Indoor masking will no longer be mandatory at K-12 schools and child care facilities after midnight tonight. While masking will no longer be required in California schools, public health officials continue to “strongly recommend” masking in indoor public settings.

What does this mean for your kids? It depends on which district you’re in. Some districts are taking the state’s recommendation as a suggestion, while others have taken a more cautious approach and opted to keep the mandate in place. 

“I think [Public Health has] made it very clear that we still strongly recommend that schools continue to mask after March 11,” former Humboldt County Public Officer Dr. Ian Hoffman said during a press briefing last week. “…This is a highly unvaccinated population on the whole, being that only about 25 to 30% [are fully vaccinated] statewide and locally, but there are trade-offs. They’re also much less likely to have severe outcomes. I think that moving towards this is really something that allows for each community to make the decisions for themselves and each individual and make the decision for themselves.”

Hoffman acknowledged that some parents may feel it is too soon to lift the mask mandate but said, “If [Public Health] felt the risk was too high, we would certainly keep the requirements in place.”

Michael Davies-Hughes, Superintendent of Schools for Humboldt County, told the Outpost that the Humboldt County Office of Education will no longer require masking for students and staff after March 11. “However, since several of our programs are located at schools in other districts, we will honor their requirements, which may be more restrictive,” he added.

“Keep in mind that our youngest learners below age [five] are not eligible for a vaccine at this time,” he said. “Schools also have individuals with compromised immune systems and other health concerns on their campuses. Some school districts may choose to continue to require masking. In the absence of such local decisions, students and families will need to make a decision that is best for them.”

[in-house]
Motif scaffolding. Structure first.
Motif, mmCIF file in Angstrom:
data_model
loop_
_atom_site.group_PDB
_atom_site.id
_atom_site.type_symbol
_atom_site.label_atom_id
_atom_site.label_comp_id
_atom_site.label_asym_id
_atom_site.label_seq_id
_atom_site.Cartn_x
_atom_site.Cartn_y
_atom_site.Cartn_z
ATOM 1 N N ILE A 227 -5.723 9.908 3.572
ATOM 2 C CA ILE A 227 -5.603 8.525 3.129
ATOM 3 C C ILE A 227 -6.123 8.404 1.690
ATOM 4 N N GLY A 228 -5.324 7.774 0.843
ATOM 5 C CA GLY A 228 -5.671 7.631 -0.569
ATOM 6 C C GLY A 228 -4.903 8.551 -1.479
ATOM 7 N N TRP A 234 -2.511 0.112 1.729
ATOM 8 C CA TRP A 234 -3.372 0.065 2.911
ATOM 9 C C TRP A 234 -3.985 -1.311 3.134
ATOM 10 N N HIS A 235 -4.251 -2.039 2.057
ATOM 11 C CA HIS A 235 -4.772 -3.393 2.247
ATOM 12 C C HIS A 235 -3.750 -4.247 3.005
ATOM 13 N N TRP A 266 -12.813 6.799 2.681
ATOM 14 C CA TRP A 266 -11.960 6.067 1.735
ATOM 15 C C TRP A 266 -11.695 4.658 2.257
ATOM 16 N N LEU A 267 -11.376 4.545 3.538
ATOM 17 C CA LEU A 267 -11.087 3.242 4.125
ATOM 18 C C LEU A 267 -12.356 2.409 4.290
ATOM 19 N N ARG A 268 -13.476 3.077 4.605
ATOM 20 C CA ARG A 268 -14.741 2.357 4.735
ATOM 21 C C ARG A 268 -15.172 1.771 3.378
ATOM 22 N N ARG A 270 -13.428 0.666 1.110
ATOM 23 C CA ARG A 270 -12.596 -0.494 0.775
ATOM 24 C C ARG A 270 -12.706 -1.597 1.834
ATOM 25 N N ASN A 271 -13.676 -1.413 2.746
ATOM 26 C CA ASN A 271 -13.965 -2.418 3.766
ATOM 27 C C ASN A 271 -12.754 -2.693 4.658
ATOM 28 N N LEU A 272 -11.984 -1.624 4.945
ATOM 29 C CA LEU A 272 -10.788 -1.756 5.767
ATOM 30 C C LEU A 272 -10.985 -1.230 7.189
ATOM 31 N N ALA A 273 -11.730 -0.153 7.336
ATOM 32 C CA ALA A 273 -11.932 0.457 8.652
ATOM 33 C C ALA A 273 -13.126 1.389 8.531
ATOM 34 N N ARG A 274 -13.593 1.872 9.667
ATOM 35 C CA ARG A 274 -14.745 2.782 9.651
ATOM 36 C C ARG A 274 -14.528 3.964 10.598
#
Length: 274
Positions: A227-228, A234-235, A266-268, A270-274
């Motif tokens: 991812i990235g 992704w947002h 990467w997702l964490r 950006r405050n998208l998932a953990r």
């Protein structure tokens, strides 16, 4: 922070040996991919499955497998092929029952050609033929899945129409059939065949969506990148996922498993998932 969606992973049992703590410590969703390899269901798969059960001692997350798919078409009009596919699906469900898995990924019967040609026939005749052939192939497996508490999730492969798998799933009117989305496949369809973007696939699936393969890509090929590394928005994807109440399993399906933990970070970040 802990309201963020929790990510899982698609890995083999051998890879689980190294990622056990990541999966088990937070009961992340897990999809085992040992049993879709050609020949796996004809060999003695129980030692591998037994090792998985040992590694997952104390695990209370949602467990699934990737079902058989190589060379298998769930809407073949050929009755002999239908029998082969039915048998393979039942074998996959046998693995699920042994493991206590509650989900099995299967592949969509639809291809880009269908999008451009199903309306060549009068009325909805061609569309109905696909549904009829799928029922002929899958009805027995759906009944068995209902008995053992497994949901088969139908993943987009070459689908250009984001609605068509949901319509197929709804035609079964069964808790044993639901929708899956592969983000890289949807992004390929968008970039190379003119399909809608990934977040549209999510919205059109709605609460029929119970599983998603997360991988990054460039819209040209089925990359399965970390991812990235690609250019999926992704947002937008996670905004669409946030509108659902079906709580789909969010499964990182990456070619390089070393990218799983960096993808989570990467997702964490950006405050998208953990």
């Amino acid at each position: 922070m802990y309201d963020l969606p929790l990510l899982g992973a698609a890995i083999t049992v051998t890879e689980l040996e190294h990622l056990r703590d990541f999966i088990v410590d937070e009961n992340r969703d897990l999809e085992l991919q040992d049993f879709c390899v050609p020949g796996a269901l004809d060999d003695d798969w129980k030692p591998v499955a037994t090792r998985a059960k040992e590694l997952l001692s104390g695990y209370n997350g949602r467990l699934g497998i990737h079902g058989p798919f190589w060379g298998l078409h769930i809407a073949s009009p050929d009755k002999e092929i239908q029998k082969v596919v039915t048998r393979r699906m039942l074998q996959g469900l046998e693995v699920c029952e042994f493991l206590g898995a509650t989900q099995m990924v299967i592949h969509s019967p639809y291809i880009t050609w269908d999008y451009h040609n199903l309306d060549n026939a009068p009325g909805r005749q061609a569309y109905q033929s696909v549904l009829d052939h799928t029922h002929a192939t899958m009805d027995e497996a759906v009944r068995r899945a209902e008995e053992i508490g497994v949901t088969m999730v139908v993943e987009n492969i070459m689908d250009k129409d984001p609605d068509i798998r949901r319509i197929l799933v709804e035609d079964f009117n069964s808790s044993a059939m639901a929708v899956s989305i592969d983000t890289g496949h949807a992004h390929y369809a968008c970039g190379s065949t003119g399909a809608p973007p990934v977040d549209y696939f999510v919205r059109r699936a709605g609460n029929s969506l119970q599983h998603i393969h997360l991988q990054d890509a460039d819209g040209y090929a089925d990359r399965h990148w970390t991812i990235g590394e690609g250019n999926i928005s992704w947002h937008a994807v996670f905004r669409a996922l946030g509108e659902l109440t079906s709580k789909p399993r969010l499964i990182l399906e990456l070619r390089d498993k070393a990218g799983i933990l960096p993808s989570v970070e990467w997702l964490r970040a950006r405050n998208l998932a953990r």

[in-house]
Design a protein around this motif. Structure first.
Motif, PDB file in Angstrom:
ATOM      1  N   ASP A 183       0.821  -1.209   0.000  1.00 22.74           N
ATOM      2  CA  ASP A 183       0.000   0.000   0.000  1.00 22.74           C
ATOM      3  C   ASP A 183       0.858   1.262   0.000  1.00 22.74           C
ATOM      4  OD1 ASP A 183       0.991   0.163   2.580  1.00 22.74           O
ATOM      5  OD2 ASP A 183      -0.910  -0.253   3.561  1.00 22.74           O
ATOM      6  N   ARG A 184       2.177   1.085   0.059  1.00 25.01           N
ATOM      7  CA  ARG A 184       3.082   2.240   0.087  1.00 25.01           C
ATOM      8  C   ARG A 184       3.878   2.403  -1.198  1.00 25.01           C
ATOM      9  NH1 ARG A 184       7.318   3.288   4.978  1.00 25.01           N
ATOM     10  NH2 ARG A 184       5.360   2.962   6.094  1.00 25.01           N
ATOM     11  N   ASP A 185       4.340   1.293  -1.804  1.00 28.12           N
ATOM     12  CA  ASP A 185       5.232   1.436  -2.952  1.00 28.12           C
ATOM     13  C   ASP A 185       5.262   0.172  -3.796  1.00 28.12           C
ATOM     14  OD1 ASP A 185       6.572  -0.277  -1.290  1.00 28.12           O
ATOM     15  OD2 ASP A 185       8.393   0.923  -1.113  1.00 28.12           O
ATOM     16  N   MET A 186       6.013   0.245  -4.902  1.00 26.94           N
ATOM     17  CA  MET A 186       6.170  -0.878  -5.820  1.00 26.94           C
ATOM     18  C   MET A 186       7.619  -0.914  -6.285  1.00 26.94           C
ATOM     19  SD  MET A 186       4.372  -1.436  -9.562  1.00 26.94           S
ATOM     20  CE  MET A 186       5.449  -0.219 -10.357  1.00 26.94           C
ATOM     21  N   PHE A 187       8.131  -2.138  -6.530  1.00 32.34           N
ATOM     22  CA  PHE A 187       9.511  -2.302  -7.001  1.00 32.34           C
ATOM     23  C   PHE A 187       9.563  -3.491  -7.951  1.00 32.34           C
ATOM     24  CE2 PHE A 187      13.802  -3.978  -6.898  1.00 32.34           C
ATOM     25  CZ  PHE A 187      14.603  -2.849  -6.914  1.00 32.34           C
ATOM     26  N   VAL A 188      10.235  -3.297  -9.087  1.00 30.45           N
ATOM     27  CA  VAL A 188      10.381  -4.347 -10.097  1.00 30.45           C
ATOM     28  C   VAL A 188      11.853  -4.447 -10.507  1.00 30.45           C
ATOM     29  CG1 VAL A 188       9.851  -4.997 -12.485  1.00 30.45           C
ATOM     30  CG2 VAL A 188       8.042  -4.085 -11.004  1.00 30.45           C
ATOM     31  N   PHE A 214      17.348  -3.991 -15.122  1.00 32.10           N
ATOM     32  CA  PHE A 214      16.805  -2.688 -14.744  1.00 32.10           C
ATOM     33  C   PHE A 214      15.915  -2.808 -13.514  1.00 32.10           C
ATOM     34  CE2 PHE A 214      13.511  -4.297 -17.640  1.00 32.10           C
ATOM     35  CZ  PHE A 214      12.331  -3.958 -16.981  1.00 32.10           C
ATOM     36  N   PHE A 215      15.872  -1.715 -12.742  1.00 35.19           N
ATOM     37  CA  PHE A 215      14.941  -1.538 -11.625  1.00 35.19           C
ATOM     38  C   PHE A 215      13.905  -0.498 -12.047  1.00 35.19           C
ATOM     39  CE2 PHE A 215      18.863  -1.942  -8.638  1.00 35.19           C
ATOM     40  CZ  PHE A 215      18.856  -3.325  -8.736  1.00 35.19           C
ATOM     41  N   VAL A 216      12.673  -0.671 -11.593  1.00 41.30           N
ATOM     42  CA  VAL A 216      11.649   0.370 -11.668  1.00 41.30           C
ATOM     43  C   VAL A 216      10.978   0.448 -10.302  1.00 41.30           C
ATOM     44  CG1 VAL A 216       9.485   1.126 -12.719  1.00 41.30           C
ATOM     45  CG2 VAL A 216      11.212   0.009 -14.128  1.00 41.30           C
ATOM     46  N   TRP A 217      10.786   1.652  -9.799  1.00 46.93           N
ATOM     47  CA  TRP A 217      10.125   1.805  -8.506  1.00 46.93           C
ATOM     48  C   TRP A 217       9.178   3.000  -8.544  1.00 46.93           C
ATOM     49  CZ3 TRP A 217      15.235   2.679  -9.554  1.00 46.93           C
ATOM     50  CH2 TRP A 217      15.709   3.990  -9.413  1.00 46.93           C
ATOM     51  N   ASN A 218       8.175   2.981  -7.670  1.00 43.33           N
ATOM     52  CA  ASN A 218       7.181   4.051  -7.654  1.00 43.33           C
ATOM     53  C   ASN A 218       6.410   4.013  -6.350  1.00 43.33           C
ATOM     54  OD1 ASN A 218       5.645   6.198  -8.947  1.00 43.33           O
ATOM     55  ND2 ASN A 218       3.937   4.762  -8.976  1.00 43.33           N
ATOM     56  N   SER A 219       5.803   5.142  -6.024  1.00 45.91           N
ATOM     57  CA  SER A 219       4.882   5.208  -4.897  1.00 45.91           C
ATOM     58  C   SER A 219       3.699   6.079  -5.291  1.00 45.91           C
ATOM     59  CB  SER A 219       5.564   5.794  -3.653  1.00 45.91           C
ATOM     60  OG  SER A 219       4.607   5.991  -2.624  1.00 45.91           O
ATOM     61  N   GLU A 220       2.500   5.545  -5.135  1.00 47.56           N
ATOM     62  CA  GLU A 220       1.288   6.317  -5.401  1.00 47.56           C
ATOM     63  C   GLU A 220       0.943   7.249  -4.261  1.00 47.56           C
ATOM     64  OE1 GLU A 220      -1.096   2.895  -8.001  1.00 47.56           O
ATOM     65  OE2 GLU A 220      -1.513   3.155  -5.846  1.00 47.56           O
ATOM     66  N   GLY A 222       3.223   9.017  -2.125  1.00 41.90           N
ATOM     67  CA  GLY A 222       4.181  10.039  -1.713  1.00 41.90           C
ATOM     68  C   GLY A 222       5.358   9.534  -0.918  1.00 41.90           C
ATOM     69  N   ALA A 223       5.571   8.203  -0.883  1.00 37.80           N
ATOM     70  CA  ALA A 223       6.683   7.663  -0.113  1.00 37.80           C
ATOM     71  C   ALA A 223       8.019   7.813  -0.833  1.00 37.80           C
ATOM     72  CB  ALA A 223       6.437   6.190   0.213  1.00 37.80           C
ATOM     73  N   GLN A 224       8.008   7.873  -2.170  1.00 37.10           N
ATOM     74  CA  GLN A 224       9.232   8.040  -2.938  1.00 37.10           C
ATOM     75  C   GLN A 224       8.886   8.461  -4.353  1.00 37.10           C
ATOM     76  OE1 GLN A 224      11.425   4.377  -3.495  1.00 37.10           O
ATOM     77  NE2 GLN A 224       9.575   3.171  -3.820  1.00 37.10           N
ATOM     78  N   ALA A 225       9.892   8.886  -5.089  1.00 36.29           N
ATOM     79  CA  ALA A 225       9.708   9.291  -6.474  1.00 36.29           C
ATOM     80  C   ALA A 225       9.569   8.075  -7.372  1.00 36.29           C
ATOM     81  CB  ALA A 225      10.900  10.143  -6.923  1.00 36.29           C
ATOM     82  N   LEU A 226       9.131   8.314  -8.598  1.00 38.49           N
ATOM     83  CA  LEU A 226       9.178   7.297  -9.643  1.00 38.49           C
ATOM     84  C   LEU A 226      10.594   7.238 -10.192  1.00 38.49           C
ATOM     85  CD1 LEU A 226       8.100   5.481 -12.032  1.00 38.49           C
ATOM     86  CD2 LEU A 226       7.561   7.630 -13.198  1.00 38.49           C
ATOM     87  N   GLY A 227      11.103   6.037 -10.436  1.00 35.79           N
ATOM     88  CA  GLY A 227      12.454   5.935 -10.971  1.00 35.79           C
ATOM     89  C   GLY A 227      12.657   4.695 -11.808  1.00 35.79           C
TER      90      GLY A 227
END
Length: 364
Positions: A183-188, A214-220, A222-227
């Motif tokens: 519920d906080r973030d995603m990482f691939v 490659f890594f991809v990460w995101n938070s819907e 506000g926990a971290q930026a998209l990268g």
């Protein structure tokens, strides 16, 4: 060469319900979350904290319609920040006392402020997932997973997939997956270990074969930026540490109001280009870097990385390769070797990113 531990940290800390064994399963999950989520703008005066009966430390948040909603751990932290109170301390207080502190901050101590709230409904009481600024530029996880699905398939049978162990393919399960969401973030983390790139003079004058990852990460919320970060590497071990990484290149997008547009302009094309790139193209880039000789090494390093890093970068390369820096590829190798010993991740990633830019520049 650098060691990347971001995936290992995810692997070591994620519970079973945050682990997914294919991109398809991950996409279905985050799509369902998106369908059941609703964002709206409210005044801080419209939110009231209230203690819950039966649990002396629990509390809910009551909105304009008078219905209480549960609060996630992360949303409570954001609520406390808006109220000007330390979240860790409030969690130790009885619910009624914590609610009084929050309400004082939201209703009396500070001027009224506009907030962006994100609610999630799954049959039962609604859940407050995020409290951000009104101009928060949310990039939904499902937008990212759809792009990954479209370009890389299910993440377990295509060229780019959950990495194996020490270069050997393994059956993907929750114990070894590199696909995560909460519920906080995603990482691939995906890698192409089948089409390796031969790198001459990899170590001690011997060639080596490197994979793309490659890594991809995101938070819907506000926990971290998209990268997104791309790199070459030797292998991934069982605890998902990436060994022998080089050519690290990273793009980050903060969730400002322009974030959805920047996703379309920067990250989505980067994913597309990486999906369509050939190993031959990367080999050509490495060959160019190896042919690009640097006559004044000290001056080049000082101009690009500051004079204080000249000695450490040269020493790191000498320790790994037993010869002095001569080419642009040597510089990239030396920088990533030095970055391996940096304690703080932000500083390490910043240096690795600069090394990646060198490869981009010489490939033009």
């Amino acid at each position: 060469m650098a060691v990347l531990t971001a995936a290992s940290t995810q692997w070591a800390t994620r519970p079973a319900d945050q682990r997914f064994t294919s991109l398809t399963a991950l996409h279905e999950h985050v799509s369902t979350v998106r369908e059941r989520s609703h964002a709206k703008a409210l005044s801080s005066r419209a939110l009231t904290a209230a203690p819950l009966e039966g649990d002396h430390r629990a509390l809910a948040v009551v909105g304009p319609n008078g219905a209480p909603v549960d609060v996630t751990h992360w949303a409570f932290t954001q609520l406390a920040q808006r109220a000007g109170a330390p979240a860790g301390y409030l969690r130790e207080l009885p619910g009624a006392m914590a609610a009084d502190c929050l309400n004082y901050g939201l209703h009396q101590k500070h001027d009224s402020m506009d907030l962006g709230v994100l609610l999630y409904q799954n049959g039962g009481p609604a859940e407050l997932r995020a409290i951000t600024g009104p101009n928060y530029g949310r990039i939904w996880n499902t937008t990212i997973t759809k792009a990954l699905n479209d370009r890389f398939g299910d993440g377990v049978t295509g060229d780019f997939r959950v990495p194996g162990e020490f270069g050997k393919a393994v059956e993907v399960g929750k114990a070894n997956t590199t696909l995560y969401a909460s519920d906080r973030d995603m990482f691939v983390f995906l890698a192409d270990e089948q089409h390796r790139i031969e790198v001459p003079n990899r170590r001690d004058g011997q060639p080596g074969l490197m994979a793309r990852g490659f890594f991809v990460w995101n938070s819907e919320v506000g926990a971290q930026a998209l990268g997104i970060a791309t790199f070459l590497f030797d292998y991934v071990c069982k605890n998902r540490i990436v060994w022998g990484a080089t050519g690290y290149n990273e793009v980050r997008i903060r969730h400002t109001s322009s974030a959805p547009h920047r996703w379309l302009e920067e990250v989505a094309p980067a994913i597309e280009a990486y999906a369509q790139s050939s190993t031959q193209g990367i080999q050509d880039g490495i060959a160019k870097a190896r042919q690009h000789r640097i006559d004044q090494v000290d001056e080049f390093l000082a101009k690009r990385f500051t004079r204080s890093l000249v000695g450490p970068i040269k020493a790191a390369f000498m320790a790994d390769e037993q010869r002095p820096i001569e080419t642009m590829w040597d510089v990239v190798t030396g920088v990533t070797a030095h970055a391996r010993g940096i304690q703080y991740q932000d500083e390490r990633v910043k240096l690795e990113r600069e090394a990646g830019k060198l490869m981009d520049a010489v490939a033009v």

“Regardless of individual choices, our responsibility as citizens is to be kind, accepting, respectful and safe,” he added.

The Outpost reached out to a handful of local school districts and it looks as though there is a mixed approach to the mask mandate being lifted.

Fred Van Vleck, Superintendent of the Eureka City Unified School District, and Glen Senestraro, Superintendent of the Fortuna Union High School District, told the Outpost that their districts would continue to strongly recommend masking and both encouraged parents to talk with their children about what is most comfortable for them.

The Rio Dell Elementary School Board unanimously voted to ditch the mask mandate ahead of public health’s announcement as “the prevalence of COVID-19 has decreased dramatically and the community widely supports student choice.”

“The Rio Dell Elementary School Board recognizes the importance of an academic rigorous classroom and also recognizes that constant mask reminders and reprimands during the instructional time can be disruptive to the learning environment,” according to a Feb. 17 statement shared by district Superintendent Angela Johnson. “…The Rio Dell School District will move forward with its continued focus on the academic instruction for our students and will encourage students to wear a mask indoors but will not seek disciplinary action for those students that do not comply.”

Klamath-Trinity Joint Unified School District Superintendent Jennifer Glueck said her district will move with caution and “will continue to require that masks be worn indoors at all [district] settings, even after the state mandate expires,” according to the district’s website.

More information from the California Department of Public Health can be found here.